EECS 219C: Computer-Aided Verification

(Algorithmic Formal Methods for System Design, Verification, and Dependability)

Spring 2011


Short-cuts: [   Description   |   Prerequisites   |   Books   |   Grading   |   Projects   |   Schedule   |   Tools   ]

General Information

Course Description

The evolution of computer systems is seeing two trends: increasing ubiquity (thus we depend more and more on them) and growing complexity (so they are harder to get right). We face a major challenge to ensure that as computing becomes more ubiquitous, it is also dependable and secure. The challenge is to develop and maintain large, complex software systems on top of increasingly unreliable computing substrates under stringent resource constraints such as energy usage. We need to advance the science of building correct and robust systems at all levels of abstraction, from algorithms, through software, to circuits.

This course covers fundamental algorithms and concepts that find widespread use in ensuring that systems are dependable and secure. In particular, we will cover algorithmic techniques for formal verification and synthesis, such as model checking, satisfiability (SAT) solving and satisfiability modulo theories (SMT). These techniques have become essential tools for the design and analysis of hardware and software systems. We will also cover other cutting-edge research topics such as quantitative and probabilistic verification, combining statistical learning and deductive reasoning, and formal methods for fault tolerance and robust system design.

The course material has applications to several EECS areas including CAD for integrated circuits, computer security, software engineering, embedded/cyber-physical systems, control systems, and biological systems.

A tentative list of topics to be covered: (subject to change!):

Prerequisites

Familiarity with propositional logic, finite automata, basic computational complexity classes (P, NP, PSPACE), and basic graph algorithms is assumed. An undergraduate course in algorithms such as CS 170 is highly recommended, but is not mandatory. EE 219A, EE 219B, and CS 172 are NOT needed. If you are unsure whether you have sufficient background for the course, please meet the instructor.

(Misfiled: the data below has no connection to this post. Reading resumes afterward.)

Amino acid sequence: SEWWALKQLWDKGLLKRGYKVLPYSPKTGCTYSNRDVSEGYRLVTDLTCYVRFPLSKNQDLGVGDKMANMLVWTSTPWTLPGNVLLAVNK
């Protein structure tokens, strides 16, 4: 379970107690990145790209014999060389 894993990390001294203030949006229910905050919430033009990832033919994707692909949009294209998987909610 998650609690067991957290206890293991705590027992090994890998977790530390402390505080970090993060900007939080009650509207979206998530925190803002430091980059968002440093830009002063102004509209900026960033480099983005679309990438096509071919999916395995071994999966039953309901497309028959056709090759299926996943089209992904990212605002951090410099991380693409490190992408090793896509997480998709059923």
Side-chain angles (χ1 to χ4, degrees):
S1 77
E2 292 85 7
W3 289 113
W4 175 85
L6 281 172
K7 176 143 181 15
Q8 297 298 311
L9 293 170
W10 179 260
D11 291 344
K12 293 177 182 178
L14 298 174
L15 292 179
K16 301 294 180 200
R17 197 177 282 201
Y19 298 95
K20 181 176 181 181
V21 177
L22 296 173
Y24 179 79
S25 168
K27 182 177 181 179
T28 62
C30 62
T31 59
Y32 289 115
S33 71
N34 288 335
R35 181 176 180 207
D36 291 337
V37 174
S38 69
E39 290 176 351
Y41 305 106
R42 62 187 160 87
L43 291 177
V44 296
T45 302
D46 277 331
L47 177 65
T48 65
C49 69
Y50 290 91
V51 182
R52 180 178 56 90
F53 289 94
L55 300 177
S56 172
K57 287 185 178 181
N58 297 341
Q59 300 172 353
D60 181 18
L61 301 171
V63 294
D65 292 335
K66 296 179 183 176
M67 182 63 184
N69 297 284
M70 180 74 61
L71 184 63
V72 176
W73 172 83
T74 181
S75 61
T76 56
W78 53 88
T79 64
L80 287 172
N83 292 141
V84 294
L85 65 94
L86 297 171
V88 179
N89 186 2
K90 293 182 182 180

Reference Books

There is no required textbook for this course. Readings will be listed on the schedule below or handed out in class. The following books are highly recommended (copies are on reserve at the Engineering library):
  1. Authors: Edmund M. Clarke, Jr., Orna Grumberg, and Doron A. Peled
    Title: Model Checking
    Publisher: MIT Press
    Year: January 2000
    Acronym: MC
  2. Authors: Michael Huth and Mark Ryan
    Title: Logic in Computer Science: Modelling and Reasoning about Systems
    Publisher: Cambridge Univ. Press
    Year: June 2004 (2nd edition)
    Acronym: LICS
Additional reference books:- If you lack background in one of the areas mentioned under "pre-requisites" above, please see
here for a list of suggested books.

Grading

(tentative)

Projects

The key point about the course project is that there should be some new research in it: either a new application of existing verification technology, or a new verification technique, or both. Projects that are simply surveys of existing papers without any input of new ideas will not be acceptable.

The main deliverables (in chronological order) will be:
1. 1-2 page proposal, with precise problem definition, literature survey, and timeline; (~5 % towards final grade)
2. Mini-update presentations, describing progress on the timeline; (~5 % each)
3. 5-10 page final report: This should read like a conference paper, must use at least 11 pt font; (~25 %)
4. Project presentation and possibly demo. (~20 %)

Guidelines for Project Presentations:

Guidelines for Project Reports:

Course Schedule

The tentative course schedule is given below. Lecture slides are posted alongside; readings will be posted on bSpace.

Homeworks/Project Milestones

Homeworks are posted on bSpace. Project milestones as announced in class.

Tools

Some homeworks will involve experimentation with the following tools:
Links to more tools will be added here as needed.
Copyright 2005-11 Sanjit A. Seshia
Last modified: Thu May 5 21:46:56 PDT 2011